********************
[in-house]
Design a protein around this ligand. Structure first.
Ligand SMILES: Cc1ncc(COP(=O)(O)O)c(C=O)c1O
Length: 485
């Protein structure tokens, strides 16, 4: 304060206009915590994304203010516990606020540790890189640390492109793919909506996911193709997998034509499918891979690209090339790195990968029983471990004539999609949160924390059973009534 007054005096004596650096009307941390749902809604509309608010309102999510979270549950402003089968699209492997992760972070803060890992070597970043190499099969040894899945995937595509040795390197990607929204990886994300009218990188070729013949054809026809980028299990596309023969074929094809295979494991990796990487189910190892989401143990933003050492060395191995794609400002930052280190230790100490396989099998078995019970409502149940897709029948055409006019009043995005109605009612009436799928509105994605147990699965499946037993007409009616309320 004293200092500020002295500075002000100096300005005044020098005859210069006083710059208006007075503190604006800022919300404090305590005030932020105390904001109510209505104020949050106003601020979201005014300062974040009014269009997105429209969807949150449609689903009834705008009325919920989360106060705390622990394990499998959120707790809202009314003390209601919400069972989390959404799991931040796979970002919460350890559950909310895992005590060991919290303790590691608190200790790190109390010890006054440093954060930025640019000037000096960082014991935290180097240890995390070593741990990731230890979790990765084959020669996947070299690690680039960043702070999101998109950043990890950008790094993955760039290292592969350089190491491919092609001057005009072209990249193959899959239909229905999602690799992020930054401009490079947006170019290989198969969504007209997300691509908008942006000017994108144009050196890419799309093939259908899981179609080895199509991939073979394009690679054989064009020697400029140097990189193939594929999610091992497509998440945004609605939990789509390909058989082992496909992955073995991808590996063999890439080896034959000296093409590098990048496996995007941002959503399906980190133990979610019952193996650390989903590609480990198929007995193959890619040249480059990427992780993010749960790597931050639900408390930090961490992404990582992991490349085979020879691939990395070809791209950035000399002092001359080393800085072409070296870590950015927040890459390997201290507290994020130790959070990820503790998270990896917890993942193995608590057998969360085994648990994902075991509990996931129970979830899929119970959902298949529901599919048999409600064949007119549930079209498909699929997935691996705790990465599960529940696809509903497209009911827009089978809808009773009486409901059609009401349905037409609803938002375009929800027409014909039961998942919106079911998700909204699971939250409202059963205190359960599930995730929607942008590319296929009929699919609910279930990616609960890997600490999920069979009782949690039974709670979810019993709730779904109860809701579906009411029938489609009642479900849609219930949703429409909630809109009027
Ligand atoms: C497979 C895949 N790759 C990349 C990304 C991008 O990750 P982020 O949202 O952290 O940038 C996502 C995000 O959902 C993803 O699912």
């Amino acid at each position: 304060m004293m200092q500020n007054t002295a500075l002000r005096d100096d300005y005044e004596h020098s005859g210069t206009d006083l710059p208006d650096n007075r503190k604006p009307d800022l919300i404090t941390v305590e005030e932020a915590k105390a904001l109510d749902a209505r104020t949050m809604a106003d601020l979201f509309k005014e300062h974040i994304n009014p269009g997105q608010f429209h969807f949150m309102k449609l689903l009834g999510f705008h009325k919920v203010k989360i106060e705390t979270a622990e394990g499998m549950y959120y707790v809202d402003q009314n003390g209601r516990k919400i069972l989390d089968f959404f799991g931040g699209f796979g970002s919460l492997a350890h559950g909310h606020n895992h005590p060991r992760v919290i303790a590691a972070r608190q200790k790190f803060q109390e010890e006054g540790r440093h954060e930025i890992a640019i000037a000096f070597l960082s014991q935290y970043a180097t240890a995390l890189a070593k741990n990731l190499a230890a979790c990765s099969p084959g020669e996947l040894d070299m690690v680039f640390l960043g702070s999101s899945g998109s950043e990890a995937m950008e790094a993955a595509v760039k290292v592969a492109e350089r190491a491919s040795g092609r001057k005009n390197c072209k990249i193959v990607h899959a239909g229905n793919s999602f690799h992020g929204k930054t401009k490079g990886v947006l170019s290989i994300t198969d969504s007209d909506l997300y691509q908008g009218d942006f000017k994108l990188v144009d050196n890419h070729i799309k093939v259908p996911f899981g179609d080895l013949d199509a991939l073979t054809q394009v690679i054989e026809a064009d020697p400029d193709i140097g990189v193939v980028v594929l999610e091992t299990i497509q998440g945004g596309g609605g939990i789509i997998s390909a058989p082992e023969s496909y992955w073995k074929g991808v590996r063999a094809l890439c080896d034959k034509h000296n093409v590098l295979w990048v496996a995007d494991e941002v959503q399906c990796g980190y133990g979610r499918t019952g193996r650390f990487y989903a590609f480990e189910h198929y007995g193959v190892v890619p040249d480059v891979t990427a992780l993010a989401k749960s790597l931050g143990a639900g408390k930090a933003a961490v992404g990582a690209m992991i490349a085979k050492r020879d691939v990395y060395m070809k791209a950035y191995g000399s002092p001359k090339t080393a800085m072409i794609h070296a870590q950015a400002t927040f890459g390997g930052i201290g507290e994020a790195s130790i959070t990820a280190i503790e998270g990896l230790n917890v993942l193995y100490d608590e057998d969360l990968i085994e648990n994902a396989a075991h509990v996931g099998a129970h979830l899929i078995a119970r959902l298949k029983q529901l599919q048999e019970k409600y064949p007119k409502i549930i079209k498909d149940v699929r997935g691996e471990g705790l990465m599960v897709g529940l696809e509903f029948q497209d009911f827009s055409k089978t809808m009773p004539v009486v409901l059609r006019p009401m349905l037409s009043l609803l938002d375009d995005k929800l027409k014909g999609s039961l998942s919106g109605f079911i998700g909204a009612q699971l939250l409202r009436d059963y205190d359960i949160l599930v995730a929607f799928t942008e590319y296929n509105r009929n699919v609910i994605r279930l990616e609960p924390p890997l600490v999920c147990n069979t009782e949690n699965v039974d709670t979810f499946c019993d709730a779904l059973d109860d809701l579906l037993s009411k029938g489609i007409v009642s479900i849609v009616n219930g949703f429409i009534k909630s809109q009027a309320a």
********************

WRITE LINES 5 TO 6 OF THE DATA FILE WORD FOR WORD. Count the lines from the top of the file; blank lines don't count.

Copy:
């Protein structure tokens, strides 16, 4: 304060206009915590994304203010516990606020540790890189640390492109793919909506996911193709997998034509499918891979690209090339790195990968029983471990004539999609949160924390059973009534 007054005096004596650096009307941390749902809604509309608010309102999510979270549950402003089968699209492997992760972070803060890992070597970043190499099969040894899945995937595509040795390197990607929204990886994300009218990188070729013949054809026809980028299990596309023969074929094809295979494991990796990487189910190892989401143990933003050492060395191995794609400002930052280190230790100490396989099998078995019970409502149940897709029948055409006019009043995005109605009612009436799928509105994605147990699965499946037993007409009616309320 004293200092500020002295500075002000100096300005005044020098005859210069006083710059208006007075503190604006800022919300404090305590005030932020105390904001109510209505104020949050106003601020979201005014300062974040009014269009997105429209969807949150449609689903009834705008009325919920989360106060705390622990394990499998959120707790809202009314003390209601919400069972989390959404799991931040796979970002919460350890559950909310895992005590060991919290303790590691608190200790790190109390010890006054440093954060930025640019000037000096960082014991935290180097240890995390070593741990990731230890979790990765084959020669996947070299690690680039960043702070999101998109950043990890950008790094993955760039290292592969350089190491491919092609001057005009072209990249193959899959239909229905999602690799992020930054401009490079947006170019290989198969969504007209997300691509908008942006000017994108144009050196890419799309093939259908899981179609080895199509991939073979394009690679054989064009020697400029140097990189193939594929999610091992497509998440945004609605939990789509390909058989082992496909992955073995991808590996063999890439080896034959000296093409590098990048496996995007941002959503399906980190133990979610019952193996650390989903590609480990198929007995193959890619040249480059990427992780993010749960790597931050639900408390930090961490992404990582992991490349085979020879691939990395070809791209950035000399002092001359080393800085072409070296870590950015927040890459390997201290507290994020130790959070990820503790998270990896917890993942193995608590057998969360085994648990994902075991509990996931129970979830899929119970959902298949529901599919048999409600064949007119549930079209498909699929997935691996705790990465599960529940696809509903497209009911827009089978809808009773009486409901059609009401349905037409609803938002375009929800027409014909039961998942919106079911998700909204699971939250409202059963205190359960599930995730929607942008590319296929009929699919609910279930990616609960890997600490999920069979009782949690039974709670979810019993709730779904109860809701579906009411029938489609009642479900849609219930949703429409909630809109009027
Ligand atoms: C497979 C895949 N790759 C990349 C990304 C991008 O990750 P982020 O949202 O952290 O940038 C996502 C995000 O959902 C993803 O699912």